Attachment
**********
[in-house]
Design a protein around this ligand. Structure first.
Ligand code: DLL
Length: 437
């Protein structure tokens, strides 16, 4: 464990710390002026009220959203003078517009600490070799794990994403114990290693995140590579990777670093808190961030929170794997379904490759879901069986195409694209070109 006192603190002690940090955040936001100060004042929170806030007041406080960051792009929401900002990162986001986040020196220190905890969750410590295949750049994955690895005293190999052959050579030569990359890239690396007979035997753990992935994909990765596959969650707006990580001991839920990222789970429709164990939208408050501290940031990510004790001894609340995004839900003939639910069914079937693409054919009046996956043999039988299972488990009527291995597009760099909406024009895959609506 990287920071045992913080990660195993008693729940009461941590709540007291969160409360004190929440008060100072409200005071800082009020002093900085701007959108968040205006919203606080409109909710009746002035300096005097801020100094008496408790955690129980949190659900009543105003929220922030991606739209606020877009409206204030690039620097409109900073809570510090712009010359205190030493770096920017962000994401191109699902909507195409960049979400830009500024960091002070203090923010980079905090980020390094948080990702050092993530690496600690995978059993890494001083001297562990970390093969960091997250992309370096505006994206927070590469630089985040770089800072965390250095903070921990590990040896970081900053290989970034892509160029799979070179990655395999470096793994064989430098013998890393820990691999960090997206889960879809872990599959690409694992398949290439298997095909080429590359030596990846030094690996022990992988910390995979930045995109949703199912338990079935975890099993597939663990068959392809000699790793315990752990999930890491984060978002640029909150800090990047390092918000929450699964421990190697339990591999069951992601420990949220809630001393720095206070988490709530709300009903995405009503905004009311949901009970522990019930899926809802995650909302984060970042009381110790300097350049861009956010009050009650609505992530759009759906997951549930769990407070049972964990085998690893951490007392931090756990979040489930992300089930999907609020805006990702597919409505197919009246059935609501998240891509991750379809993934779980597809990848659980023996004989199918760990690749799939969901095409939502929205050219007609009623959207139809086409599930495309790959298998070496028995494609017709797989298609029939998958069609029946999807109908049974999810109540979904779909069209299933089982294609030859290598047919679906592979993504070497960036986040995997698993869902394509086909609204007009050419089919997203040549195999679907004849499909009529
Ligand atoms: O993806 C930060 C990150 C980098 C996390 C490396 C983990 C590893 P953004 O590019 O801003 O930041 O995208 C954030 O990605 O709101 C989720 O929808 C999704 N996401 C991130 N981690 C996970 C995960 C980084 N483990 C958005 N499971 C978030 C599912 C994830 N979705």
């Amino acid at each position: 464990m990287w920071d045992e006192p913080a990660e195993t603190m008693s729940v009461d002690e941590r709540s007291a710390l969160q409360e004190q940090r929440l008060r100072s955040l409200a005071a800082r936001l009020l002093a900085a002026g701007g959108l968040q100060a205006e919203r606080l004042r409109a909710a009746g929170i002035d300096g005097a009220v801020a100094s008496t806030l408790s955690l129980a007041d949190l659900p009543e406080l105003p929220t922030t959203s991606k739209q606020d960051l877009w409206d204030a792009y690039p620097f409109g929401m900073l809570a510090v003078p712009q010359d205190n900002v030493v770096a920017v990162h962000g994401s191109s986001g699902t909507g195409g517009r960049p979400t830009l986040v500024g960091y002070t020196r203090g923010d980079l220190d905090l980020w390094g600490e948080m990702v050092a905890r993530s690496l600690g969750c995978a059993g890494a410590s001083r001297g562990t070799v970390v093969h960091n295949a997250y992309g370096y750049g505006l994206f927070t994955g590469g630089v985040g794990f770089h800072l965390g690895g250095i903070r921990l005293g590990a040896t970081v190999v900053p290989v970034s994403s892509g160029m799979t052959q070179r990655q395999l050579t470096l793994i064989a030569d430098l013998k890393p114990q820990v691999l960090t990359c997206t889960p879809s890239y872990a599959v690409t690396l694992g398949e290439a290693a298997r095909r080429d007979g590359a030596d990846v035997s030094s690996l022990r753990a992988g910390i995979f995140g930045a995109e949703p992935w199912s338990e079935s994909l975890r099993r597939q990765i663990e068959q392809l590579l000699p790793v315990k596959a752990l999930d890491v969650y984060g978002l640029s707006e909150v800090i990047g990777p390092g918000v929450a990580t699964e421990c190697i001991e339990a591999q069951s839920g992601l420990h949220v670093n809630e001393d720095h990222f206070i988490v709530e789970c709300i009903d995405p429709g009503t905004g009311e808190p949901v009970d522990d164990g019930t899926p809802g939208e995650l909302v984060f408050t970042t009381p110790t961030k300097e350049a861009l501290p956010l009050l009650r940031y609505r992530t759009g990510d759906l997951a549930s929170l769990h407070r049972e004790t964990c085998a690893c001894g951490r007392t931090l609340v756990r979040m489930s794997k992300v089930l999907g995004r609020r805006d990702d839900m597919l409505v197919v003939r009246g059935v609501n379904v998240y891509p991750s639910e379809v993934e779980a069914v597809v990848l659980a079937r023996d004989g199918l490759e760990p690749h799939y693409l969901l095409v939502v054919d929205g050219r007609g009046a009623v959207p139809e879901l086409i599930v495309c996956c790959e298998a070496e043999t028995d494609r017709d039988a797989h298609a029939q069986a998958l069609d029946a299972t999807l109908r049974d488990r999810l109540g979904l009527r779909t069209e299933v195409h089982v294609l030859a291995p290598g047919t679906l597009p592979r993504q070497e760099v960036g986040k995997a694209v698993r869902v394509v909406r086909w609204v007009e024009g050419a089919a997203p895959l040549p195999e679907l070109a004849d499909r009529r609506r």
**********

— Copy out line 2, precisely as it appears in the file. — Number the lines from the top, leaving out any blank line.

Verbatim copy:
Design a protein around this ligand. Structure first.